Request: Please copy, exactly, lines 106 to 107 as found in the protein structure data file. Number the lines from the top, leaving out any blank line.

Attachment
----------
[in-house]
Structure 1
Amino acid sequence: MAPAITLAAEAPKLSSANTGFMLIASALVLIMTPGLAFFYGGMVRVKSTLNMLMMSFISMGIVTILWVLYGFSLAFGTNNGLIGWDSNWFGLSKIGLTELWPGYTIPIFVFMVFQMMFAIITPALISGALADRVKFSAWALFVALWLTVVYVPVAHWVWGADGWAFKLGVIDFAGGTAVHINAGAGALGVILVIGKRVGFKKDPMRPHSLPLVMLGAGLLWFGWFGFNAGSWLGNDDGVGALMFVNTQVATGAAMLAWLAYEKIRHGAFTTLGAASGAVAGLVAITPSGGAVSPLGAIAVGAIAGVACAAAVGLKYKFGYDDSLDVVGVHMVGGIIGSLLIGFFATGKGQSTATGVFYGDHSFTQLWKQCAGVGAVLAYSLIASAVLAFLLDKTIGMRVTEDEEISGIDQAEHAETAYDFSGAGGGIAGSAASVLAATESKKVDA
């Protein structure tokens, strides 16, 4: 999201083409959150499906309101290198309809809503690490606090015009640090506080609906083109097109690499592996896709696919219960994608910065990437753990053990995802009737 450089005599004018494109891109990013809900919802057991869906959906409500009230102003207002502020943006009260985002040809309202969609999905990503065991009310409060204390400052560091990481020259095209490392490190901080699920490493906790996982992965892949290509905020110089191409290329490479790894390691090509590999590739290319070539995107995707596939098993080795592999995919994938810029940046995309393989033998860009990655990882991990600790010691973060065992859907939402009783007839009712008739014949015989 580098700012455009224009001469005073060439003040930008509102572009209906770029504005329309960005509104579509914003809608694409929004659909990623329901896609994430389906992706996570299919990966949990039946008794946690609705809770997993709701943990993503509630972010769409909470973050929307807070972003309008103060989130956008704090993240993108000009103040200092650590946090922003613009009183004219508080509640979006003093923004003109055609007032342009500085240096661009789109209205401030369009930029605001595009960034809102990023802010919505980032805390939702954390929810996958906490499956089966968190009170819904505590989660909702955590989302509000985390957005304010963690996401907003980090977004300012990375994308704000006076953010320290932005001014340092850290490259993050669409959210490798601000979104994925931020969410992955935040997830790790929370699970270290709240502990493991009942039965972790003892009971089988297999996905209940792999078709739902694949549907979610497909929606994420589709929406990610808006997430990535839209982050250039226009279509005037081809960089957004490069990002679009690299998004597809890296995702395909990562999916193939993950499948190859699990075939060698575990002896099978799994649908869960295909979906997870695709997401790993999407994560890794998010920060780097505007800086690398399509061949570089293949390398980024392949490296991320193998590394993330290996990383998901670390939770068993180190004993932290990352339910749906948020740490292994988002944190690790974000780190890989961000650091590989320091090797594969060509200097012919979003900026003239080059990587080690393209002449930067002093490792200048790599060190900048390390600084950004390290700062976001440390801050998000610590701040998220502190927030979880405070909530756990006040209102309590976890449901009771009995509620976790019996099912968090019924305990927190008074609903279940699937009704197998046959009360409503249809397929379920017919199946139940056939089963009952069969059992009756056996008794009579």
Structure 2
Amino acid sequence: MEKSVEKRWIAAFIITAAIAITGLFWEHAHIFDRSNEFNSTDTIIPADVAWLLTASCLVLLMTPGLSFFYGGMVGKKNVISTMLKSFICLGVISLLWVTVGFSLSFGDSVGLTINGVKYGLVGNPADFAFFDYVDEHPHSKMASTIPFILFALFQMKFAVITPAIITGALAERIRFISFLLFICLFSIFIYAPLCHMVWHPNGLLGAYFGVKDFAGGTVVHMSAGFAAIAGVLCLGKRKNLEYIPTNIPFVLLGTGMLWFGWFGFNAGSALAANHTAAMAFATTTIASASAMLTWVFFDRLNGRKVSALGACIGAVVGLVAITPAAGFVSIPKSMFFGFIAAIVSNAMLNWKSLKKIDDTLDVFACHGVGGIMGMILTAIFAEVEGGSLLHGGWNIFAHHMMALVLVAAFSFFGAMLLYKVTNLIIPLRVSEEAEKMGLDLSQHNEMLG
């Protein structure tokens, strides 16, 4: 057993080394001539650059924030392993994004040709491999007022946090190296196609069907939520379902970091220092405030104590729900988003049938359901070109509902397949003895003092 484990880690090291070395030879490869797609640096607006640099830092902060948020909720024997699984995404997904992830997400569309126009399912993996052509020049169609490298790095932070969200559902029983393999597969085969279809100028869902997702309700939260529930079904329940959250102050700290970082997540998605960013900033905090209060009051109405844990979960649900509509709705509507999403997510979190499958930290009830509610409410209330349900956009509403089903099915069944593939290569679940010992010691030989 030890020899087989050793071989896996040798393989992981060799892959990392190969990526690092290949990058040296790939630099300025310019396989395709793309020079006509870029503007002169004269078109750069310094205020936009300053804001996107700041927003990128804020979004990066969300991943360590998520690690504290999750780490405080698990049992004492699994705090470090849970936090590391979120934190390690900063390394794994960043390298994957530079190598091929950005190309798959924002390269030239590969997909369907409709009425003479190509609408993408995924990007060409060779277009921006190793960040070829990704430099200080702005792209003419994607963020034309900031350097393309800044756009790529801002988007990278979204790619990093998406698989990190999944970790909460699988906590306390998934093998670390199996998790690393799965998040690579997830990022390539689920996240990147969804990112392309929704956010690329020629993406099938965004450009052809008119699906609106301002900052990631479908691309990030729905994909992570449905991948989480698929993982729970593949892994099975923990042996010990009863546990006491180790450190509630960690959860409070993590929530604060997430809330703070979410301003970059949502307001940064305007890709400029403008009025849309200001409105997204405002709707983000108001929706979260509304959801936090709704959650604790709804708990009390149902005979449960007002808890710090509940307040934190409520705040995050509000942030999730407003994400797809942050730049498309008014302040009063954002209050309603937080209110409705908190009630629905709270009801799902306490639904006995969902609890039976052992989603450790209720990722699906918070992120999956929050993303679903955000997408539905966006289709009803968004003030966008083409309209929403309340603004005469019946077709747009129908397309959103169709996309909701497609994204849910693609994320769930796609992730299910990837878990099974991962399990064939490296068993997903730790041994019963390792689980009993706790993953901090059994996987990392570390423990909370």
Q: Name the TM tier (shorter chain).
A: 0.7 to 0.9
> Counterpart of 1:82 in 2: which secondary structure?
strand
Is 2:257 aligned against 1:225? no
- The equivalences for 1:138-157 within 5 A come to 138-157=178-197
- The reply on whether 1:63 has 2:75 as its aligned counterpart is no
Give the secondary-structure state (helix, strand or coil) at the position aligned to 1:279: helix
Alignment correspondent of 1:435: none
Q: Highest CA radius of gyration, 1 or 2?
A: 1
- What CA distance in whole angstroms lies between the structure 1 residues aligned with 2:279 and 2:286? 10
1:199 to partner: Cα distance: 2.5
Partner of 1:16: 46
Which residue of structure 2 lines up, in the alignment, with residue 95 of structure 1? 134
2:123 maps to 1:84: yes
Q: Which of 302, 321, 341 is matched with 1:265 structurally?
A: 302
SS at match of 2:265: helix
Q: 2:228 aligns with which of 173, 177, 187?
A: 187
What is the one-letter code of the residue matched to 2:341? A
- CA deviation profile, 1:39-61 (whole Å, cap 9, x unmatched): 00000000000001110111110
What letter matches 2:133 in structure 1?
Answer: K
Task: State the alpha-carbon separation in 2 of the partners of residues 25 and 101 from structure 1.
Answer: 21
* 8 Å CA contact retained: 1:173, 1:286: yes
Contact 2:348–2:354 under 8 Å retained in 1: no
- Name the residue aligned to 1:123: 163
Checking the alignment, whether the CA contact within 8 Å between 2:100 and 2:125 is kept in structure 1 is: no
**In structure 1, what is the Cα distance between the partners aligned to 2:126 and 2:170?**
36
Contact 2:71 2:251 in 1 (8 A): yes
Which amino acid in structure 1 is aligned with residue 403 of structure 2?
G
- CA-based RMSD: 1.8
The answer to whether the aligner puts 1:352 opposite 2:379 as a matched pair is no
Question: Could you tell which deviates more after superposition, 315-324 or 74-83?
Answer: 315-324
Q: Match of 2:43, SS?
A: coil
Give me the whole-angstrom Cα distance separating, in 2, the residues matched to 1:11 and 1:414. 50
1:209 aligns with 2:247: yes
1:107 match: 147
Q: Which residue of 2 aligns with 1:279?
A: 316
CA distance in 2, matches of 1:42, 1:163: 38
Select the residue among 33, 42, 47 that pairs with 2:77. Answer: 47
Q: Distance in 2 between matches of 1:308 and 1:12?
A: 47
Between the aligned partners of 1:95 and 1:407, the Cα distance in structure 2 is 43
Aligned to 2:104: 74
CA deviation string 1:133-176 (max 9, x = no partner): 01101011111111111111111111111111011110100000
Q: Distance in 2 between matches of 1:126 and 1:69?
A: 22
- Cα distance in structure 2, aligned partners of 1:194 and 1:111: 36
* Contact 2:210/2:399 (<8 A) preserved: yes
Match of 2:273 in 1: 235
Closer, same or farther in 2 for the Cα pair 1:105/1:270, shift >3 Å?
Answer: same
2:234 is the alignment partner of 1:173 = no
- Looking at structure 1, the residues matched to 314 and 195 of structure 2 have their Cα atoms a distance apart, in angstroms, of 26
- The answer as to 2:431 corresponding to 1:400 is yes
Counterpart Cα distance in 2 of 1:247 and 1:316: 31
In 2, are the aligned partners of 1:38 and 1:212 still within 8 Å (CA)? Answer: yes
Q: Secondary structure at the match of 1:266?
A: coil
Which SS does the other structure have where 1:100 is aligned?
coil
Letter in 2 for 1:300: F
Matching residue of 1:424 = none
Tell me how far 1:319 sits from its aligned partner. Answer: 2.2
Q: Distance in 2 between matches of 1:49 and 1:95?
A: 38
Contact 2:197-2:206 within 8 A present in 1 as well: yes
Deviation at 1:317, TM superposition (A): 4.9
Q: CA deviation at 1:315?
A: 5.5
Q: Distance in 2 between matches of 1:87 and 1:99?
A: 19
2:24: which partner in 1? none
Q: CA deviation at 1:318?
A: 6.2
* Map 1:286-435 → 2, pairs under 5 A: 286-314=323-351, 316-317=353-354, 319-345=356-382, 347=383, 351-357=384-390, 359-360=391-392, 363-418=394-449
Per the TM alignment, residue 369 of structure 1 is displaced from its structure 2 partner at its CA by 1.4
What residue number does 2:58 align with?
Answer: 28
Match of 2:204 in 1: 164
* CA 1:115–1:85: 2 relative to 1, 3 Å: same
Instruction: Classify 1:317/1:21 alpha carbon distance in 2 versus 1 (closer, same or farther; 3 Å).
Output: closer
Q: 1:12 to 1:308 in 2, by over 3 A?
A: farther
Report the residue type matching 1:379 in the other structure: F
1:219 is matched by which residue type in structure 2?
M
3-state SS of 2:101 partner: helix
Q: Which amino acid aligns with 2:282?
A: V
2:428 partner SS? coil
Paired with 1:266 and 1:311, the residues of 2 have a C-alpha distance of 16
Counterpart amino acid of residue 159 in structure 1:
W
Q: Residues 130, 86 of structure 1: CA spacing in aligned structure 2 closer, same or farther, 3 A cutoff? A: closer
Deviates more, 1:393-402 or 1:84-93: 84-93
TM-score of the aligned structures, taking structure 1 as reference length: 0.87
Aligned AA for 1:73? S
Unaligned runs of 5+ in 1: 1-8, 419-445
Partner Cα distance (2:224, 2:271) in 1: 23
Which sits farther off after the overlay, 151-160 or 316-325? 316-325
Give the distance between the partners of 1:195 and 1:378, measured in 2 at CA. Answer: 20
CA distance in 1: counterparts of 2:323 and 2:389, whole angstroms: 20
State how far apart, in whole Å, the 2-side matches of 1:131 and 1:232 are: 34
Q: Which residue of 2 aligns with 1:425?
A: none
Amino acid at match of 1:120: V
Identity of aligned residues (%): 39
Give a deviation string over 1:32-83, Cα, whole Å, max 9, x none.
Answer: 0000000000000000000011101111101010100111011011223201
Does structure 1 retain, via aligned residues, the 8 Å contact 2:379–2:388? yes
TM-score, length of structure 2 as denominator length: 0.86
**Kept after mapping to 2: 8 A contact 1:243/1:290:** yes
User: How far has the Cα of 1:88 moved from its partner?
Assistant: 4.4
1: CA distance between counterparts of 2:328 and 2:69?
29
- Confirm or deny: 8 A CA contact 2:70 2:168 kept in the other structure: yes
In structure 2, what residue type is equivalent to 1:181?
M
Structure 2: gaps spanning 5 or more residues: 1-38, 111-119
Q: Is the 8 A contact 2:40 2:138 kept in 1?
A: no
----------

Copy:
Q: Which amino acid aligns with 2:282?
A: V